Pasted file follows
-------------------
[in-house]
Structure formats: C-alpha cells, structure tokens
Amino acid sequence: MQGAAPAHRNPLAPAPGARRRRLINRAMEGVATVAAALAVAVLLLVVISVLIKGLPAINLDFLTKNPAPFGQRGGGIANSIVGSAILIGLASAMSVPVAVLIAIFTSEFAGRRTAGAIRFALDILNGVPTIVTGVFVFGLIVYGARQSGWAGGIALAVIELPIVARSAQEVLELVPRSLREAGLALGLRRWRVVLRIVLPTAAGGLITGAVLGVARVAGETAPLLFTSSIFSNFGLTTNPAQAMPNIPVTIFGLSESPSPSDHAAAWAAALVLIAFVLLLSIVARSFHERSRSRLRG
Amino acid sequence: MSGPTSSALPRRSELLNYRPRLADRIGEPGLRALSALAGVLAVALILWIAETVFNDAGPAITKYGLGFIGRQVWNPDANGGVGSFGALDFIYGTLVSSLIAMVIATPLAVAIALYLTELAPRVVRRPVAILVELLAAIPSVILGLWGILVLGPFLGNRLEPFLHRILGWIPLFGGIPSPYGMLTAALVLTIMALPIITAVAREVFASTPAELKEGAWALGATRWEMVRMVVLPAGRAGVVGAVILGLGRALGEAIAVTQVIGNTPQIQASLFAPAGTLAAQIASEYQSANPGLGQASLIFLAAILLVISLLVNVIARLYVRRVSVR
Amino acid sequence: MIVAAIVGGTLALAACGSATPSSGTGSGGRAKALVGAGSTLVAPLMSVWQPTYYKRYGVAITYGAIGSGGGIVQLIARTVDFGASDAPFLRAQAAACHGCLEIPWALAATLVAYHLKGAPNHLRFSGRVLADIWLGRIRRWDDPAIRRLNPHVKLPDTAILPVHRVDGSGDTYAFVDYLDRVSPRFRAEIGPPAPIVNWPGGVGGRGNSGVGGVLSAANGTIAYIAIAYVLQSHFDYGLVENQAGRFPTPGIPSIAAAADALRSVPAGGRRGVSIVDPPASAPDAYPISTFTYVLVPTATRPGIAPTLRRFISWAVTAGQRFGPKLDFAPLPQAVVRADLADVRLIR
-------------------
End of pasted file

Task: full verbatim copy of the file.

[in-house]
Structure formats: C-alpha cells, structure tokens
Amino acid sequence: MQGAAPAHRNPLAPAPGARRRRLINRAMEGVATVAAALAVAVLLLVVISVLIKGLPAINLDFLTKNPAPFGQRGGGIANSIVGSAILIGLASAMSVPVAVLIAIFTSEFAGRRTAGAIRFALDILNGVPTIVTGVFVFGLIVYGARQSGWAGGIALAVIELPIVARSAQEVLELVPRSLREAGLALGLRRWRVVLRIVLPTAAGGLITGAVLGVARVAGETAPLLFTSSIFSNFGLTTNPAQAMPNIPVTIFGLSESPSPSDHAAAWAAALVLIAFVLLLSIVARSFHERSRSRLRG
Amino acid sequence: MSGPTSSALPRRSELLNYRPRLADRIGEPGLRALSALAGVLAVALILWIAETVFNDAGPAITKYGLGFIGRQVWNPDANGGVGSFGALDFIYGTLVSSLIAMVIATPLAVAIALYLTELAPRVVRRPVAILVELLAAIPSVILGLWGILVLGPFLGNRLEPFLHRILGWIPLFGGIPSPYGMLTAALVLTIMALPIITAVAREVFASTPAELKEGAWALGATRWEMVRMVVLPAGRAGVVGAVILGLGRALGEAIAVTQVIGNTPQIQASLFAPAGTLAAQIASEYQSANPGLGQASLIFLAAILLVISLLVNVIARLYVRRVSVR
Amino acid sequence: MIVAAIVGGTLALAACGSATPSSGTGSGGRAKALVGAGSTLVAPLMSVWQPTYYKRYGVAITYGAIGSGGGIVQLIARTVDFGASDAPFLRAQAAACHGCLEIPWALAATLVAYHLKGAPNHLRFSGRVLADIWLGRIRRWDDPAIRRLNPHVKLPDTAILPVHRVDGSGDTYAFVDYLDRVSPRFRAEIGPPAPIVNWPGGVGGRGNSGVGGVLSAANGTIAYIAIAYVLQSHFDYGLVENQAGRFPTPGIPSIAAAADALRSVPAGGRRGVSIVDPPASAPDAYPISTFTYVLVPTATRPGIAPTLRRFISWAVTAGQRFGPKLDFAPLPQAVVRADLADVRLIR